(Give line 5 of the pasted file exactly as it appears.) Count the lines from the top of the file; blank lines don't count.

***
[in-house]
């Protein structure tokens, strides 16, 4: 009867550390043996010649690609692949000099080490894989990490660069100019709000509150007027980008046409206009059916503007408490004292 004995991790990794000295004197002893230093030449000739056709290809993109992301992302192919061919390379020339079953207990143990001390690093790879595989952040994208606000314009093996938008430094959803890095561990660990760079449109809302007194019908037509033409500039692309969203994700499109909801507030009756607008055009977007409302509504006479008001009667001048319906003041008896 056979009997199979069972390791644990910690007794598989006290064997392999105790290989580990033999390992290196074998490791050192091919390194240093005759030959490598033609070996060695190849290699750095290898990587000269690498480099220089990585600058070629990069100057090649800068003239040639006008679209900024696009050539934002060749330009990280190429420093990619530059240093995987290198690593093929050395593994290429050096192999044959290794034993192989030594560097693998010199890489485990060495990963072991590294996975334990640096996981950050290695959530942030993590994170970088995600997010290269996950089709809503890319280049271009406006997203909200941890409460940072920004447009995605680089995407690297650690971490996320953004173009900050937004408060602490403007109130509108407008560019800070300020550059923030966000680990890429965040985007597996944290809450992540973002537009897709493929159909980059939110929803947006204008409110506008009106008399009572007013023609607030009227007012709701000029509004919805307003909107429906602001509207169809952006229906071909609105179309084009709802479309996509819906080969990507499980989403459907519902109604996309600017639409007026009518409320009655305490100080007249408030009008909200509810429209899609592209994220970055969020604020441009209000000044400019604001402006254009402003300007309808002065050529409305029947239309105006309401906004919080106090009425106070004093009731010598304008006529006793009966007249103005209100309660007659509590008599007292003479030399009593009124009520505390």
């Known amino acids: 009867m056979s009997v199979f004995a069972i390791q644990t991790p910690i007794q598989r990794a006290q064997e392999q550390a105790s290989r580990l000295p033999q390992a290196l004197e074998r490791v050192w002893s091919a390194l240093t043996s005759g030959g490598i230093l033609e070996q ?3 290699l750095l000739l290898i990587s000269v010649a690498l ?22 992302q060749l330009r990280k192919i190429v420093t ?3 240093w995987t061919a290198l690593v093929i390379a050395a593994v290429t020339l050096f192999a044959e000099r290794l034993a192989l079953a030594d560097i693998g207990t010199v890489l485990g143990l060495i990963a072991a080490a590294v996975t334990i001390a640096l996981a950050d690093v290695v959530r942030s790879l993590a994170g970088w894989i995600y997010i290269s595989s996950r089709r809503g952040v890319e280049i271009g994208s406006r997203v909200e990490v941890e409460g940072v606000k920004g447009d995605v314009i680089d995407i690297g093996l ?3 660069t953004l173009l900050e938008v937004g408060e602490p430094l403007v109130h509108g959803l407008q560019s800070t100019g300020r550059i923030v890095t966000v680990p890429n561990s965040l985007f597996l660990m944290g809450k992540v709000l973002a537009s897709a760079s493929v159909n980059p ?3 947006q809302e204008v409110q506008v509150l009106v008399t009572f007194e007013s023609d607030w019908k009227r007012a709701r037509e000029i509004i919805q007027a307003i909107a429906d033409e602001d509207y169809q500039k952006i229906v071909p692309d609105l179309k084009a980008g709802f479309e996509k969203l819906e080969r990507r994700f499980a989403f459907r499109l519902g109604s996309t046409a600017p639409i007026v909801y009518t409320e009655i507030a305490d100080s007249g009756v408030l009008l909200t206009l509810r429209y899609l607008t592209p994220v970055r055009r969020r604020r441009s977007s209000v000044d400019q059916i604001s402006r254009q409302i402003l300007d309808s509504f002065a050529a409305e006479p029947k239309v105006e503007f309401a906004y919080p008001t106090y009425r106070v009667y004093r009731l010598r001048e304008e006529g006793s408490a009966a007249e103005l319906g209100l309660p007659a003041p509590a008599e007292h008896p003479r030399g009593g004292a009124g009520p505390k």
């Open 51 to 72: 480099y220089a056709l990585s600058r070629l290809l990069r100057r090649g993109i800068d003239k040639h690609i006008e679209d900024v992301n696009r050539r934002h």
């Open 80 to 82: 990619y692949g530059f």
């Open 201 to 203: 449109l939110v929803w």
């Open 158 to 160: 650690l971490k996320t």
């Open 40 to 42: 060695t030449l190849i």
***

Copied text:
């Open 80 to 82: 990619y692949g530059f």